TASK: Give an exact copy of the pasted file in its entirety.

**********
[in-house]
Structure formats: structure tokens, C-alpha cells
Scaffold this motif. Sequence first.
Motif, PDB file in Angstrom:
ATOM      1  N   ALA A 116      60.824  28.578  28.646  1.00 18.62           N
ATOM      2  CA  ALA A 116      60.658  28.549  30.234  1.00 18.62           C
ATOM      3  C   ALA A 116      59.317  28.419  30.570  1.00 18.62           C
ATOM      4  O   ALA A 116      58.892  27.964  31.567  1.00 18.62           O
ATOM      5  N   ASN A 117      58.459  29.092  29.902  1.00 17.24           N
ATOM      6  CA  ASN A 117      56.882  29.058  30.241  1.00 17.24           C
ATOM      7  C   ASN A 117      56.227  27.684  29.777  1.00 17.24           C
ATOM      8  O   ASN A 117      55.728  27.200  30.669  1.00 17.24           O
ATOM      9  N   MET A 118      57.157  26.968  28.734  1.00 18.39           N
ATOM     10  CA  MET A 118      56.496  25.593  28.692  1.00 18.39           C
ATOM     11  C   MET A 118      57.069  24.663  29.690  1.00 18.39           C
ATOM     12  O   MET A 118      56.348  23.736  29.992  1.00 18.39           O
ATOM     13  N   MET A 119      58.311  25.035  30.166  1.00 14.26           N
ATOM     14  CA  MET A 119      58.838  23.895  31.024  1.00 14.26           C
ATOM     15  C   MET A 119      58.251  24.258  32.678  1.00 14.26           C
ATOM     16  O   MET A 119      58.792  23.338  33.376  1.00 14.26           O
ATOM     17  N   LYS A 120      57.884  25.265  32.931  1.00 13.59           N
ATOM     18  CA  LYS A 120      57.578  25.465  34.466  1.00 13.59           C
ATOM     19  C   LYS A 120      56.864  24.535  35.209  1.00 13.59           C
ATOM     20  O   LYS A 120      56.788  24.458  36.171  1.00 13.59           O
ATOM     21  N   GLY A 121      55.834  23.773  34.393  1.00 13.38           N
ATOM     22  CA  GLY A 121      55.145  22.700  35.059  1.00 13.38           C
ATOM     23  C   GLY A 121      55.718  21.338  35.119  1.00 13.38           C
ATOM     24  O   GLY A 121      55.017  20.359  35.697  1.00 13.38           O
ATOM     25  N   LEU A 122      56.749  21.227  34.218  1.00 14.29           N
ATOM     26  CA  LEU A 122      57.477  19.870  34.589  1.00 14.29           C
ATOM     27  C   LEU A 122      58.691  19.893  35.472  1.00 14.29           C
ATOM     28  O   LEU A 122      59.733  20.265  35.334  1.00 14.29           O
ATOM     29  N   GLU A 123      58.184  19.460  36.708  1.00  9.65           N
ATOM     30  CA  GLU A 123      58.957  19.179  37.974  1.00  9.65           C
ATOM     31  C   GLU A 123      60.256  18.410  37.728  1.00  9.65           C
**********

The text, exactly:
[in-house]
Structure formats: structure tokens, C-alpha cells
Scaffold this motif. Sequence first.
Motif, PDB file in Angstrom:
ATOM      1  N   ALA A 116      60.824  28.578  28.646  1.00 18.62           N
ATOM      2  CA  ALA A 116      60.658  28.549  30.234  1.00 18.62           C
ATOM      3  C   ALA A 116      59.317  28.419  30.570  1.00 18.62           C
ATOM      4  O   ALA A 116      58.892  27.964  31.567  1.00 18.62           O
ATOM      5  N   ASN A 117      58.459  29.092  29.902  1.00 17.24           N
ATOM      6  CA  ASN A 117      56.882  29.058  30.241  1.00 17.24           C
ATOM      7  C   ASN A 117      56.227  27.684  29.777  1.00 17.24           C
ATOM      8  O   ASN A 117      55.728  27.200  30.669  1.00 17.24           O
ATOM      9  N   MET A 118      57.157  26.968  28.734  1.00 18.39           N
ATOM     10  CA  MET A 118      56.496  25.593  28.692  1.00 18.39           C
ATOM     11  C   MET A 118      57.069  24.663  29.690  1.00 18.39           C
ATOM     12  O   MET A 118      56.348  23.736  29.992  1.00 18.39           O
ATOM     13  N   MET A 119      58.311  25.035  30.166  1.00 14.26           N
ATOM     14  CA  MET A 119      58.838  23.895  31.024  1.00 14.26           C
ATOM     15  C   MET A 119      58.251  24.258  32.678  1.00 14.26           C
ATOM     16  O   MET A 119      58.792  23.338  33.376  1.00 14.26           O
ATOM     17  N   LYS A 120      57.884  25.265  32.931  1.00 13.59           N
ATOM     18  CA  LYS A 120      57.578  25.465  34.466  1.00 13.59           C
ATOM     19  C   LYS A 120      56.864  24.535  35.209  1.00 13.59           C
ATOM     20  O   LYS A 120      56.788  24.458  36.171  1.00 13.59           O
ATOM     21  N   GLY A 121      55.834  23.773  34.393  1.00 13.38           N
ATOM     22  CA  GLY A 121      55.145  22.700  35.059  1.00 13.38           C
ATOM     23  C   GLY A 121      55.718  21.338  35.119  1.00 13.38           C
ATOM     24  O   GLY A 121      55.017  20.359  35.697  1.00 13.38           O
ATOM     25  N   LEU A 122      56.749  21.227  34.218  1.00 14.29           N
ATOM     26  CA  LEU A 122      57.477  19.870  34.589  1.00 14.29           C
ATOM     27  C   LEU A 122      58.691  19.893  35.472  1.00 14.29           C
ATOM     28  O   LEU A 122      59.733  20.265  35.334  1.00 14.29           O
ATOM     29  N   GLU A 123      58.184  19.460  36.708  1.00  9.65           N
ATOM     30  CA  GLU A 123      58.957  19.179  37.974  1.00  9.65           C
ATOM     31  C   GLU A 123      60.256  18.410  37.728  1.00  9.65           C